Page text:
The narrator is brilliant, the characters very endearing. Really powerful story, j.K....sorry, Robert G. has done a great job.
The book, is great, the recording has frequent electrical noise throughout. When I first listened, I thought it was my headset, but when replaying the book after reading career of evil, with a different headset the noise was still there.
I thoroughly enjoyed this story, extremely well narrated!! The mystery was held until the very end! I'm usually very good at picking the killer, but not this time!
I would recommend this book. It’s well written and performed and it’s easy and compelling to listen to. The character development is pretty good and it’s well paced. It’s not a book you will regret purchasing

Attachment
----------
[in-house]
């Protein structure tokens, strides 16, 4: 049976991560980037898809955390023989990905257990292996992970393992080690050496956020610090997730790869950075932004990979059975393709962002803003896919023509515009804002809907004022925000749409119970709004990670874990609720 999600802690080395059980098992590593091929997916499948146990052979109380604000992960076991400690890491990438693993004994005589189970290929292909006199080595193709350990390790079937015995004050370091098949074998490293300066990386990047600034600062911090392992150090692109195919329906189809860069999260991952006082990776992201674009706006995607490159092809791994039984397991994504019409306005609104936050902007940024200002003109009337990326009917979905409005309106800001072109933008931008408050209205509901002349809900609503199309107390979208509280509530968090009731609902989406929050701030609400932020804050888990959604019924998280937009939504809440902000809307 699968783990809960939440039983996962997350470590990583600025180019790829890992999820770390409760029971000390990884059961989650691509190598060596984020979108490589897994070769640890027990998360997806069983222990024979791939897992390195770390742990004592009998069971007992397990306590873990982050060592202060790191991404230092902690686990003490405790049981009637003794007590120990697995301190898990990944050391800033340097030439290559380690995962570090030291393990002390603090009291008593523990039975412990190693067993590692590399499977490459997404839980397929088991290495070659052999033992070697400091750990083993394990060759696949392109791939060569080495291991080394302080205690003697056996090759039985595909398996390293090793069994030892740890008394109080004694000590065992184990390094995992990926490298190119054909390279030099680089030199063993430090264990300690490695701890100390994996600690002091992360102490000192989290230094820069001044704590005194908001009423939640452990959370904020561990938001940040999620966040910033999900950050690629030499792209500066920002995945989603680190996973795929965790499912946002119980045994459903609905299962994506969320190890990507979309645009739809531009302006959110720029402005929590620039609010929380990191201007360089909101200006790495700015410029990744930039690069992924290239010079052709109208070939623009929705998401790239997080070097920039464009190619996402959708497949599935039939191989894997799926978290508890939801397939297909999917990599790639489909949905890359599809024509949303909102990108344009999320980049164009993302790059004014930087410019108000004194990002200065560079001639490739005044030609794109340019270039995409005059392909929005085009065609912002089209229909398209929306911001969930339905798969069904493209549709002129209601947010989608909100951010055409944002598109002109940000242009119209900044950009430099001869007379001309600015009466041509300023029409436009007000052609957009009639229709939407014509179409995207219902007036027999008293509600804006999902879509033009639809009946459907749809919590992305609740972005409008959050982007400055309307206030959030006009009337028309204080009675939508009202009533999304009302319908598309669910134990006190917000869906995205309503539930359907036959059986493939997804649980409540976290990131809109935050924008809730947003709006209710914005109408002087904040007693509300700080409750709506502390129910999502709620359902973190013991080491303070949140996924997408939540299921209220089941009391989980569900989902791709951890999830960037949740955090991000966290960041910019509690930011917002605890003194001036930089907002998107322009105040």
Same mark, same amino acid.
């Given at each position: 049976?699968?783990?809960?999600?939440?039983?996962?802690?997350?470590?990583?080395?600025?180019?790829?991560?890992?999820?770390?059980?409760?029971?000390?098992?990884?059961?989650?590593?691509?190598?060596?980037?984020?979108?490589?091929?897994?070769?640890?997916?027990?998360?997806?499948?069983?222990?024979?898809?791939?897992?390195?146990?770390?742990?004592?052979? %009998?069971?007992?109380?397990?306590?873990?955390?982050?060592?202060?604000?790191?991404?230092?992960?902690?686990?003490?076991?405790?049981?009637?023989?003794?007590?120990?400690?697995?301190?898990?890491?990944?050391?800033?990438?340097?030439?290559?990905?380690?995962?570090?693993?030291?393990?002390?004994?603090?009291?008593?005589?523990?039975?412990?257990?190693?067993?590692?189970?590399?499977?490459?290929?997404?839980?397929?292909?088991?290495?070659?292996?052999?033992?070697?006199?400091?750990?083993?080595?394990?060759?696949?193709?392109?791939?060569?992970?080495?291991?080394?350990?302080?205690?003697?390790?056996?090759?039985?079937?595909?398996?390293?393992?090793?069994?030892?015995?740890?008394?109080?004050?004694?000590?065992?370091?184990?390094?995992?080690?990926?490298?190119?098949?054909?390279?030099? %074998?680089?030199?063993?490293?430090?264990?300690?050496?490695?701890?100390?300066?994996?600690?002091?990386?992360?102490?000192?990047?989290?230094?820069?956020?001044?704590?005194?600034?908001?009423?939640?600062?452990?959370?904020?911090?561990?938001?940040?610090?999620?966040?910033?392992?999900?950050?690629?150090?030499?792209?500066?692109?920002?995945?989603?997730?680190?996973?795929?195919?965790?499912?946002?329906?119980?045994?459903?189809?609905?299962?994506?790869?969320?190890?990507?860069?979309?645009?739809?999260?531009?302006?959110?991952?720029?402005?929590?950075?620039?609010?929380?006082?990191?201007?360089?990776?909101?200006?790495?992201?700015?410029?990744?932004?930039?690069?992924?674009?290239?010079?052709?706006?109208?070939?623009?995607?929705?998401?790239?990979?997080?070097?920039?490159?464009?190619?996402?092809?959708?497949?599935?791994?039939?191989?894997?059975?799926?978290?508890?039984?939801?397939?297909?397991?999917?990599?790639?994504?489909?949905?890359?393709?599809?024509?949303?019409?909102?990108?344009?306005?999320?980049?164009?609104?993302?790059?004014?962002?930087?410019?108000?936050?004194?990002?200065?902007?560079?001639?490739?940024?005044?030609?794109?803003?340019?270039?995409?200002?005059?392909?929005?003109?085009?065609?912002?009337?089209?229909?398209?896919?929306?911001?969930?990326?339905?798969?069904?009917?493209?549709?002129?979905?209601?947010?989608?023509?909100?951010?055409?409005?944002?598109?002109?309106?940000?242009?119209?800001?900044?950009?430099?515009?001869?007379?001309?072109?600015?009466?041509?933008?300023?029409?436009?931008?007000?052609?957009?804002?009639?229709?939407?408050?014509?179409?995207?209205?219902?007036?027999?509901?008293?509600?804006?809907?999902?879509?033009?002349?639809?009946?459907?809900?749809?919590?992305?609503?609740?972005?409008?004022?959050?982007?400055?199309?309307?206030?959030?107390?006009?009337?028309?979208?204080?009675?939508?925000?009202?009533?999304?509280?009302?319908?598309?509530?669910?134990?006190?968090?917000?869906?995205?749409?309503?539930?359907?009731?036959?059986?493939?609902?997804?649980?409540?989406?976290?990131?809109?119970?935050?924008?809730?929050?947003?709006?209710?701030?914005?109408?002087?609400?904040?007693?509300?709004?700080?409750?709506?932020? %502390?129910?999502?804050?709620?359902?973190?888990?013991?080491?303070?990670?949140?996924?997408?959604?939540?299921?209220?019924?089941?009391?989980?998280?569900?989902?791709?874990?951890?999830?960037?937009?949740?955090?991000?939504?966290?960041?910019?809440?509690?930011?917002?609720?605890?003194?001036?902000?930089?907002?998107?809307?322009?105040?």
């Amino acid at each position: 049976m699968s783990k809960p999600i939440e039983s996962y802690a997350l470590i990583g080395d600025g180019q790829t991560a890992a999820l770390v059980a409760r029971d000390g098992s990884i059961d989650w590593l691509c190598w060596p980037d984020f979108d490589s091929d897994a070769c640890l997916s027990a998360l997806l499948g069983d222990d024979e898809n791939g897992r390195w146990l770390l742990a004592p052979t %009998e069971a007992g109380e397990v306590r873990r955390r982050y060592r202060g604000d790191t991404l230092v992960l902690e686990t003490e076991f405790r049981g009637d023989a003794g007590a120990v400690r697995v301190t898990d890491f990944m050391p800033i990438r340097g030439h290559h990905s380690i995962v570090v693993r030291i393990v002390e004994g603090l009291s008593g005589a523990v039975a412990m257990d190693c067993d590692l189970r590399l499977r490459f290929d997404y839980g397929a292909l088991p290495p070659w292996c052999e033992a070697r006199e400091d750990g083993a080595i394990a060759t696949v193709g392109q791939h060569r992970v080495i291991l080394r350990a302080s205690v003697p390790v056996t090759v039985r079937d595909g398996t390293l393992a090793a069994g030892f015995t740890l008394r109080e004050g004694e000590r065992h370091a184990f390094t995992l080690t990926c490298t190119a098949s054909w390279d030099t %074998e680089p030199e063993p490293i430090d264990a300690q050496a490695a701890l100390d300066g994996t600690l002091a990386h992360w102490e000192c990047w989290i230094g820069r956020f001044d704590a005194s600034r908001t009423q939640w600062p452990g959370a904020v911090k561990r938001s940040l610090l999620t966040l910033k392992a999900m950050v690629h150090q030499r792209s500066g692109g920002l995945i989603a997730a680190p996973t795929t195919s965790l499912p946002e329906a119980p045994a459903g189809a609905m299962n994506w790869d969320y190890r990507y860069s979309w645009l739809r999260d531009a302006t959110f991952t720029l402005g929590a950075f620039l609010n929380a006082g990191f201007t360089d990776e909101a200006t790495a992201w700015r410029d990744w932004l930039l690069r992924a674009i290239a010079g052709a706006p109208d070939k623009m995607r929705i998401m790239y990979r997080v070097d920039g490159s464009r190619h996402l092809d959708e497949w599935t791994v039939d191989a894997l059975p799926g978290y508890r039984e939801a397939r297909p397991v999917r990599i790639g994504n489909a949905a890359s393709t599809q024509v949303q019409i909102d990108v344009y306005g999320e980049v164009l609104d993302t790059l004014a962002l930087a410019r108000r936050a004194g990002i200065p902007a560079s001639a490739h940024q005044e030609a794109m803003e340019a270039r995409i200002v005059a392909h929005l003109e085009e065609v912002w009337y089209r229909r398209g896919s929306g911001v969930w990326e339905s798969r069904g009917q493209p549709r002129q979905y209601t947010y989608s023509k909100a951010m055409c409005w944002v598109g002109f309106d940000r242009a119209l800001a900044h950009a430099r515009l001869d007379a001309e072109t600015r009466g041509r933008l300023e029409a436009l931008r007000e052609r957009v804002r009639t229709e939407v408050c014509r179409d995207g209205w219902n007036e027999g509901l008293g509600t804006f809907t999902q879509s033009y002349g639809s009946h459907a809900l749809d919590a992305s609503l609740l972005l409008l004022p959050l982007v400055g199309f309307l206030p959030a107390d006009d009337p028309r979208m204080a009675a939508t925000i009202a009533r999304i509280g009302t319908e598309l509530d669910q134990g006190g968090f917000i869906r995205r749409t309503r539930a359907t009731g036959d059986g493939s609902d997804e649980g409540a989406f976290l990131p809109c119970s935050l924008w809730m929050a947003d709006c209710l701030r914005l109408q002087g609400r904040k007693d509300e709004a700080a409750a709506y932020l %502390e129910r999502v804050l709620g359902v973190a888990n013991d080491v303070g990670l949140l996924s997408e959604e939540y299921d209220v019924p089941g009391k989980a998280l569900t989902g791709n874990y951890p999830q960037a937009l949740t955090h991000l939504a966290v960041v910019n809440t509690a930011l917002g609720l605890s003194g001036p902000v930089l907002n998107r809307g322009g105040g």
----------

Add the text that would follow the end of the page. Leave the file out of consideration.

Well no..... Okay so the book follows a linear timeline and you follow the movements of the protagonist and his sidekick. Theres heaps of detail so you basically see everything as it unfolds so when it comes to the ending... well it all sort of fails. Theres the predictable "twist" but while it fits into what you learnt along the way its all a bit lame. Theres no cleverness, no anticipation, no wow moments. With most crime and thriller type books theres always some cloak and mirror type writing to conceal things from the reader to tease us and this lacks that.
Very ordinary detection element in the book. And the narrator frequently lapsed into mixed voices. Not very engaging.
Let's face it, a whodunnit is best when it has a twist at the end... this delivered that.